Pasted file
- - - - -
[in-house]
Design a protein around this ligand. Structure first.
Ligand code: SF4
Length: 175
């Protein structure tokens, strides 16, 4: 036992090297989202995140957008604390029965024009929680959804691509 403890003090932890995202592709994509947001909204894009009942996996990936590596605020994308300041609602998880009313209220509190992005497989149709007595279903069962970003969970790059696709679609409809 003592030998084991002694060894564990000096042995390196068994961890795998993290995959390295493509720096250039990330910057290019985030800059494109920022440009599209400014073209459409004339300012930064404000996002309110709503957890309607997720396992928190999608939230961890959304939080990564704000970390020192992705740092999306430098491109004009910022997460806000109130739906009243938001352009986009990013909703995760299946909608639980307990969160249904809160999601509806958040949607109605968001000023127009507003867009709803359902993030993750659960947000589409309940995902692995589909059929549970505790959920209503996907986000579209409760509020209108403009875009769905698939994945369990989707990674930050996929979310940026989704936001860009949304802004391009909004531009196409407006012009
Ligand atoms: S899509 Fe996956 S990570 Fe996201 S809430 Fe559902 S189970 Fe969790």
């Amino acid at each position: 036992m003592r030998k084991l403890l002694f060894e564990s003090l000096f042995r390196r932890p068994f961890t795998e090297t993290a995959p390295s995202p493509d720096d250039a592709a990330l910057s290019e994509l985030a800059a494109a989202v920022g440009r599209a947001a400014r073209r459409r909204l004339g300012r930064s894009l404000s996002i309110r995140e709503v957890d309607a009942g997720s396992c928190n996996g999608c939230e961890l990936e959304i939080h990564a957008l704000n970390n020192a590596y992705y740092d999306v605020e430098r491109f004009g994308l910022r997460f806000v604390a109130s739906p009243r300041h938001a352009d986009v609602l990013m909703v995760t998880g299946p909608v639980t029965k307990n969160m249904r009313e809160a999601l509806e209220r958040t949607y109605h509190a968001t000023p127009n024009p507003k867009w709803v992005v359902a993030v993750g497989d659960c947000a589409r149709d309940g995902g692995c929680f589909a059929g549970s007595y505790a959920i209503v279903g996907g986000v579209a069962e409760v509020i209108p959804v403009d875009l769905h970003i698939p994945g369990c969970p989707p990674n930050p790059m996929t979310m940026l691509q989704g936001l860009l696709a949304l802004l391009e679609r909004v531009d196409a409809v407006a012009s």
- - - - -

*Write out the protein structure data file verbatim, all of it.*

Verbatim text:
[in-house]
Design a protein around this ligand. Structure first.
Ligand code: SF4
Length: 175
């Protein structure tokens, strides 16, 4: 036992090297989202995140957008604390029965024009929680959804691509 403890003090932890995202592709994509947001909204894009009942996996990936590596605020994308300041609602998880009313209220509190992005497989149709007595279903069962970003969970790059696709679609409809 003592030998084991002694060894564990000096042995390196068994961890795998993290995959390295493509720096250039990330910057290019985030800059494109920022440009599209400014073209459409004339300012930064404000996002309110709503957890309607997720396992928190999608939230961890959304939080990564704000970390020192992705740092999306430098491109004009910022997460806000109130739906009243938001352009986009990013909703995760299946909608639980307990969160249904809160999601509806958040949607109605968001000023127009507003867009709803359902993030993750659960947000589409309940995902692995589909059929549970505790959920209503996907986000579209409760509020209108403009875009769905698939994945369990989707990674930050996929979310940026989704936001860009949304802004391009909004531009196409407006012009
Ligand atoms: S899509 Fe996956 S990570 Fe996201 S809430 Fe559902 S189970 Fe969790």
């Amino acid at each position: 036992m003592r030998k084991l403890l002694f060894e564990s003090l000096f042995r390196r932890p068994f961890t795998e090297t993290a995959p390295s995202p493509d720096d250039a592709a990330l910057s290019e994509l985030a800059a494109a989202v920022g440009r599209a947001a400014r073209r459409r909204l004339g300012r930064s894009l404000s996002i309110r995140e709503v957890d309607a009942g997720s396992c928190n996996g999608c939230e961890l990936e959304i939080h990564a957008l704000n970390n020192a590596y992705y740092d999306v605020e430098r491109f004009g994308l910022r997460f806000v604390a109130s739906p009243r300041h938001a352009d986009v609602l990013m909703v995760t998880g299946p909608v639980t029965k307990n969160m249904r009313e809160a999601l509806e209220r958040t949607y109605h509190a968001t000023p127009n024009p507003k867009w709803v992005v359902a993030v993750g497989d659960c947000a589409r149709d309940g995902g692995c929680f589909a059929g549970s007595y505790a959920i209503v279903g996907g986000v579209a069962e409760v509020i209108p959804v403009d875009l769905h970003i698939p994945g369990c969970p989707p990674n930050p790059m996929t979310m940026l691509q989704g936001l860009l696709a949304l802004l391009e679609r909004v531009d196409a409809v407006a012009s």